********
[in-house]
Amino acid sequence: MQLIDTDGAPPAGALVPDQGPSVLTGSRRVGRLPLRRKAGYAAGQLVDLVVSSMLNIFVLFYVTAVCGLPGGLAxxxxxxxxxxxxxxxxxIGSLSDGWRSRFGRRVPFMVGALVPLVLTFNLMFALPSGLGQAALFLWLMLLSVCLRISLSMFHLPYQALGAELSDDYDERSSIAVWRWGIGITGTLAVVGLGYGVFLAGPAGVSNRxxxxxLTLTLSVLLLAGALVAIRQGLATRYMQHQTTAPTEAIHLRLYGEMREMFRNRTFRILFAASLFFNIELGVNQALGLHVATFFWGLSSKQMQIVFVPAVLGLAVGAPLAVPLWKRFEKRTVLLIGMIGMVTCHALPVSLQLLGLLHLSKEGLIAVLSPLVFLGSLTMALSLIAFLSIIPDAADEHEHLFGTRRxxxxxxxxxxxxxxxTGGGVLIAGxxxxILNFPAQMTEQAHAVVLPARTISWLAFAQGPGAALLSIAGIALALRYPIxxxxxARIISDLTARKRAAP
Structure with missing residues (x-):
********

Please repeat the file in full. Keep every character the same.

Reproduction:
[in-house]
Amino acid sequence: MQLIDTDGAPPAGALVPDQGPSVLTGSRRVGRLPLRRKAGYAAGQLVDLVVSSMLNIFVLFYVTAVCGLPGGLAxxxxxxxxxxxxxxxxxIGSLSDGWRSRFGRRVPFMVGALVPLVLTFNLMFALPSGLGQAALFLWLMLLSVCLRISLSMFHLPYQALGAELSDDYDERSSIAVWRWGIGITGTLAVVGLGYGVFLAGPAGVSNRxxxxxLTLTLSVLLLAGALVAIRQGLATRYMQHQTTAPTEAIHLRLYGEMREMFRNRTFRILFAASLFFNIELGVNQALGLHVATFFWGLSSKQMQIVFVPAVLGLAVGAPLAVPLWKRFEKRTVLLIGMIGMVTCHALPVSLQLLGLLHLSKEGLIAVLSPLVFLGSLTMALSLIAFLSIIPDAADEHEHLFGTRRxxxxxxxxxxxxxxxTGGGVLIAGxxxxILNFPAQMTEQAHAVVLPARTISWLAFAQGPGAALLSIAGIALALRYPIxxxxxARIISDLTARKRAAP
Structure with missing residues (x-):